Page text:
[Random House; 2014]
Teju Cole is a writer who lives on the Internet. He gives of himself to Twitter. Although his 2011 US debut Open City won the PEN/Hemingway and got James Wood all excited, I first encountered Cole’s lyrical prose on social media. 140 is enough characters for a good writer to do good writing, whether he’s stretching an essay across many multiple Tweets or just joking about how social media works, like the rest of us:
As much as I like reading Cole online, the experience of reading his work in a big chunk is sharper and feels more complete. Cole’s writing invites you into a fully realized world; at a longer length, his writing is immersive.
Every Day is for the Thief was published in Nigeria in 2007 but never had US distribution until now, which gives the book the strange distinction of simultaneously being both his first and second book to American audiences. Like Open City, Every Day is for the Thief features a male narrator walking around a city. While Open City takes on New York, Every Day finds an unnamed narrator returning to his native Lagos, Nigeria after more than a decade away. Every Day reads like a study for Open City, or a spiritual twin, or a backwards reflection.
From the moment he steps off the airplane in Lagos, Cole’s narrator encounters the corruption that covers every interaction in Lagos like a translucent skin. The longer the narrator stays in Lagos, the thicker and more complex the skin gets, until the reader can see that corruption is not actually a skin, a removable layer, but a part of the body, mixed in with the flesh, organs, and bones.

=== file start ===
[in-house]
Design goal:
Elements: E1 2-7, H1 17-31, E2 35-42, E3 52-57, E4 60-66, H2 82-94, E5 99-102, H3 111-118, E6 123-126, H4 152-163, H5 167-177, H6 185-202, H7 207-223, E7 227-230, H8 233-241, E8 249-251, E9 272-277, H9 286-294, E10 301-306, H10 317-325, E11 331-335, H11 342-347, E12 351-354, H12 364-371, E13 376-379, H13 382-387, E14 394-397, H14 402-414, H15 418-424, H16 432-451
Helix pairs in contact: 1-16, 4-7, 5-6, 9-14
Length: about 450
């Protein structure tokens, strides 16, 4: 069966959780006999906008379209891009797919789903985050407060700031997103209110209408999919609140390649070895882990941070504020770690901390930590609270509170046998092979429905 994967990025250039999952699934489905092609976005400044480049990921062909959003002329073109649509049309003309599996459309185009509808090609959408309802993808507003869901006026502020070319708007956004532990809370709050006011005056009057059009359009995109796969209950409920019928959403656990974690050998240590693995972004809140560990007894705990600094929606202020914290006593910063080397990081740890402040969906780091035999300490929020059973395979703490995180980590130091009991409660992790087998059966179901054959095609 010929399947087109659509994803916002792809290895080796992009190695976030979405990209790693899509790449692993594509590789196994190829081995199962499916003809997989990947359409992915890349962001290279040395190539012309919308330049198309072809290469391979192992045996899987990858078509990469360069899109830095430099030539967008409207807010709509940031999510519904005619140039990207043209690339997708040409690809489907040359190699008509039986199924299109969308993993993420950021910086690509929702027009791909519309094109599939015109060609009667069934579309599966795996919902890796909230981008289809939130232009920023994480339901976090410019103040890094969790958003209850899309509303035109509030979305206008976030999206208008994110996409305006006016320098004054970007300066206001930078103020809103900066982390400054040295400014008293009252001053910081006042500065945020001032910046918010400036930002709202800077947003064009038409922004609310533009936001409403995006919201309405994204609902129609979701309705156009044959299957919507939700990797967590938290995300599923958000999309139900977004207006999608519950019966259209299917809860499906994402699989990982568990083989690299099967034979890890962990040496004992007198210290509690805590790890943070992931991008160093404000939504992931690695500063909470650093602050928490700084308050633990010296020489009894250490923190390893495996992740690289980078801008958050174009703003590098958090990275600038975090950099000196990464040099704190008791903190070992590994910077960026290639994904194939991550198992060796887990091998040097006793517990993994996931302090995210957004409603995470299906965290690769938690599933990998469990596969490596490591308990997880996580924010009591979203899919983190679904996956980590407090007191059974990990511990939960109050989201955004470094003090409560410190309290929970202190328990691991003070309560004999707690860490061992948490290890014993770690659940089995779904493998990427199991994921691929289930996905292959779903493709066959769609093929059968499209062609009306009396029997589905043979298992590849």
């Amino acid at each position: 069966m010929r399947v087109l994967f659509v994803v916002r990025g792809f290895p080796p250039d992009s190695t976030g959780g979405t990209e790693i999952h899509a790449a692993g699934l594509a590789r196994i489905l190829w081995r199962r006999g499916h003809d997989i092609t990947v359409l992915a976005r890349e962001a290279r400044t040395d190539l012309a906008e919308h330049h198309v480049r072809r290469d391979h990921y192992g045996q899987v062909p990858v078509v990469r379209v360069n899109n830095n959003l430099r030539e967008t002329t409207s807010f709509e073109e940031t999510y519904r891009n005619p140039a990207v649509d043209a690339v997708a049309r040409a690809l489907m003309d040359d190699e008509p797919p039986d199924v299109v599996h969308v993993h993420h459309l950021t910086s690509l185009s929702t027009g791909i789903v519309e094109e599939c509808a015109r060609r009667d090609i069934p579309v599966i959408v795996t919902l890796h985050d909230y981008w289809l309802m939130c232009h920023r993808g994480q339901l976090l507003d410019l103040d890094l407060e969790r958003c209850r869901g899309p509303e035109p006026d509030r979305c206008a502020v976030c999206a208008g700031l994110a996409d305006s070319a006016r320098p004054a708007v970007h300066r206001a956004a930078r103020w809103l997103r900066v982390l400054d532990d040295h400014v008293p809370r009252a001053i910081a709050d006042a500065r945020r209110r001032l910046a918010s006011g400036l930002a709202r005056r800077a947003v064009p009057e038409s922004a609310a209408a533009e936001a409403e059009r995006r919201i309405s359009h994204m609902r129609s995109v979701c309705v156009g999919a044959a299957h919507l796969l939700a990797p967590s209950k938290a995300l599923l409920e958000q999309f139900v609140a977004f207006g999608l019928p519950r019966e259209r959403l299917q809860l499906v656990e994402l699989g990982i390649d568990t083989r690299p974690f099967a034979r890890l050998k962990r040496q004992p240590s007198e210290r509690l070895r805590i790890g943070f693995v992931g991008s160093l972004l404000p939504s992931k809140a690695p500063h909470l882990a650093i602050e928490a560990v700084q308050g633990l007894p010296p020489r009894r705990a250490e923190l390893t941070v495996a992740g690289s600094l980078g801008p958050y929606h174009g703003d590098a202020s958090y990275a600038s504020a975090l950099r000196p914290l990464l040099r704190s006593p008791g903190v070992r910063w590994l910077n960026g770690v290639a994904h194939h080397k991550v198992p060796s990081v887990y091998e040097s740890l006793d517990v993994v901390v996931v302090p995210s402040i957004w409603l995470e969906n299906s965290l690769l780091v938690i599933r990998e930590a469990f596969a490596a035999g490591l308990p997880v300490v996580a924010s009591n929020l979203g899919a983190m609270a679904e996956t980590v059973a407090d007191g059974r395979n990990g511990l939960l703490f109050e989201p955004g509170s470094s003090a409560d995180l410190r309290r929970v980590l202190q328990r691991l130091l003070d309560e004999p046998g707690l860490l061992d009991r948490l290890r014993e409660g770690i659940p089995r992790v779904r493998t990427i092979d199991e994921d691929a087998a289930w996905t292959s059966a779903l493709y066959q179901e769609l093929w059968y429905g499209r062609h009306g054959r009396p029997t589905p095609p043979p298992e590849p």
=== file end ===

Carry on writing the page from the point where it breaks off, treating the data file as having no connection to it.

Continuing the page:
The narrator feels the loss of a remembered Lagos, and Cole renders the Lagos around the narrator so richly that the book simultaneously takes as its subject the city and the loss of the city. Marketed as a novel, Every Day comes off as surreal travelogue.
Towards the middle of the novel, Cole shifts the book’s subject to the search for art in a corrupt culture, which is where Every Day really finds its legs. The narrator’s palpable frustration at not being able to write amidst the frequent power outages and the ever-present hum of backup generators gives the reader the best sense of the man at the center of the novel, who otherwise recedes to relate the stories of either the city or of a few of its inhabitants. Cole deepens his central character a bit too late in the text, giving the narrator a bit of a half-there feel which I think ultimately steps all over his ability to fully convey Lagos. Once the narrator solidifies the various corruptions and complications he experiences in Nigeria gain a more visceral feel.
My only other objection to Every Day is for the Thief is technical. Like in Open City, Cole renders his dialogue completely without tags, which while clearly a style choice Cole favors, is a pet peeve of mine.
With Cole, though, everything comes back to the prose. When it comes to the language he uses to give shape to his stories, there’s nothing I can say against Cole. If he wrote it, I’d read the entire phone book.